Living Library

Epithelial Splits/Superior Epithelial Arcuate Lesions (SEALs)

CLINICAL DESCRIPTION: epithelial split
Arcuate lesions related to the wear of soft contact lenses and occurring in the superior cornea that is covered by the upper lid, have been termed epithelial splits or superior epithelial arcuate lesions (SEAL's). These lesions can vary in location from being just inside the limbus, to several millimeters below the limbus superiorly, generally corresponding to the location of the upper lid margin. The area stains with fluorescein, and is an erosion like lesion or furrow in the epithelium, with irregular or jagged edges, and some heaped-up tissue at the margins. Deeper lesions may be accompanied by infiltrates, and increased haze in the arcuate area. (Figure 1)
Epithelial splits are asymptomatic in many cases. If symptomatic it, it is generally a mild foreign body sensation or slight scratchiness. The majority of patients who develop these lesions are not bothered enough to discontinue lens wear.
The incidence of epithelial splits is specific for each lens design and material, with the position and tightness of the upper lid being a factor as well. Lathe cut, stiffer modulus lenses are more often implicated. However, the incidence is very low, even in more susceptible lenses types. Some reports have suggested an increased incidence in higher Dk lenses. Therefore, it seems that lens design and other material characteristics are likely more responsible for this, not a lack of oxygen. Recently, epithelial splits have been seen more often in newer, highly permeable silicone / hydrogel lenses designed for extended wear. Estimates range from 2-4 % for this new lens type.
There is no definitive, widely accepted etiology for epithelial splits. The best explanations suggest that lenses of high modulus (stiffer), especially those that are lathe-cut, are compressed against the cornea by perhaps tighter than average lid force. It may be more common on steeper corneas. The lens design may play a factor, with the area of the lesion sometimes corresponding exactly to where a back surface change occurs, or in some cases where a front optic zone junction occurs and the lid pushes the lens into the cornea in this exact spot.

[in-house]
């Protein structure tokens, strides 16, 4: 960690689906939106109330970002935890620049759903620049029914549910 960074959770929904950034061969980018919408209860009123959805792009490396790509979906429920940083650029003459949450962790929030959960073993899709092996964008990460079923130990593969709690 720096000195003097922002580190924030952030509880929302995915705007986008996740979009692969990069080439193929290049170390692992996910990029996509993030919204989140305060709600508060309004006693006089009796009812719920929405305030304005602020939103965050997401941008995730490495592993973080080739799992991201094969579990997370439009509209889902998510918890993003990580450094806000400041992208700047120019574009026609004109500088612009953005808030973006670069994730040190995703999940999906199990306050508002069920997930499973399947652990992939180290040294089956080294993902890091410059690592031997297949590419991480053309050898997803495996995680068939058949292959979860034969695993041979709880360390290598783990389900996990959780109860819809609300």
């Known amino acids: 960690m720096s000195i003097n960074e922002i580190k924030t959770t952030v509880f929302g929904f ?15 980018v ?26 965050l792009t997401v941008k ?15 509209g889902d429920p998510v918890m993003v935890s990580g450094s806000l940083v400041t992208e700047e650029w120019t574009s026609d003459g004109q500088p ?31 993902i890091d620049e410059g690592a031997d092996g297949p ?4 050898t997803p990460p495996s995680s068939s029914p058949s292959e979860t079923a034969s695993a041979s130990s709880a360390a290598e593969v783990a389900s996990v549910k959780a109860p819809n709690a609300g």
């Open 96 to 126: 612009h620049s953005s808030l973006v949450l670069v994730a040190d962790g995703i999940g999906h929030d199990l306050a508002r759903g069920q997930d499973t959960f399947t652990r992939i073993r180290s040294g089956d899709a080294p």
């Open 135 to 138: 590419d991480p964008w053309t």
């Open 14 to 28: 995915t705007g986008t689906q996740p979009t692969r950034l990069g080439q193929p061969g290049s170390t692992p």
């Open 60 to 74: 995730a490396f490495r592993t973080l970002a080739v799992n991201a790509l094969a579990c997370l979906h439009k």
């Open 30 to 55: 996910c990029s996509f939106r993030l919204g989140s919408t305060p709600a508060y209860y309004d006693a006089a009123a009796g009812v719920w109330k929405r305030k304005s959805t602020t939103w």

While a mechanical abrasion is believed to cause the lesion, some have hypothesized that the lid holds debris and stops tear flow in this area, leading to poorer wetting of the cornea. The debris itself may elicit a response that also contributes to the break down of the corneal integrity. Finally, some have implicated poor tear quality, and low level lid disease in epithelial splits lesions.
The primary treatment is removal of the contact lens until the epithelium heals. In severe erosions, prophylactic broad-spectrum topical antibiotics may be used, but generally unpreserved ocular lubricants are sufficient. The epithelium usually heal with no evidence that the lesion had been present. However, lesions that are very pronounced, or more centrally located, seem to carry a slight risk of mild scarring.
Once the lesion has healed, the patient should be refit. Generally this will be with a different material or different lens design. Occasionally the original lens type in new parameters can be successfully refit. In a small percentage of cases, epithelial splits have continued to recur with all different types of hydrogel materials and designs, in which case the patient must be refit into rigid gas permeable lenses.
Holden BA, Stephenson A, Stretton S, Sankaridurg P, O’Hare N, Jalbert I, Sweeney D. Superior Epithelial Arcuate Lesions with Soft Contact Lens Wear. Optom Vis Sci 2001; 78:9-12. (excellent review article)
Malinovsky V, Pole J, Pence N, Howard D. Epithelial splits of the superior cornea in hydrogel contact lens patients. ICLC 1989;16:252-5. (retrospective study of clinical cases)
Hine H, Back A, Holden BA. Aetiology of arcuate epithelial lesions induced by hydrogels. Trans Br Cont Lens Assoc Conf 1987:48-50. (introduced the term SEAL's)
Jalbert I, Sweeney DF, Holden BA. The characteristics of corneal staining in successful daily and extended disposable contact lens wearers. Cddn Exp Optom 1999;82:4-10.
O'Hare NA, Naduvilath TJ, Jalbert I, Sweeney DF, Holden BA. Superior epithelial arcuate lesions (SEALS): a case control study. Invest Ophthalmol Vis Sci 2000;41:S74.
Young G, Mirejovsky D. A hypotheses for the aetiology of soft contact lens-induced superior arcuate keratopathy. ICLC 1993;20:177-80.
Snakaridurt Pr, Sweeney DF, Sharma S, Gora R, Naduvilath R, Ramachandran L, Holdern BA, Rao GN. Adverse events with extended wear of disposable hydrogels: results for the first 13 months of lens wear. Ophthalmology 1999;106:1671-80.
Liao K. Superior epithelial lesions. Aust J Optom 1998;32(/contact Lens Supplement):34.
Gerry P. Bilateral superior epithelial arcuate lesions: a case report. Clin Exp Optom 1995;78:194-5.

Kimberly Layfield, O.D.
Vinita Allee Henry, O.D., F.A.A.O.

University of Missouri-St. Louis College of Optometry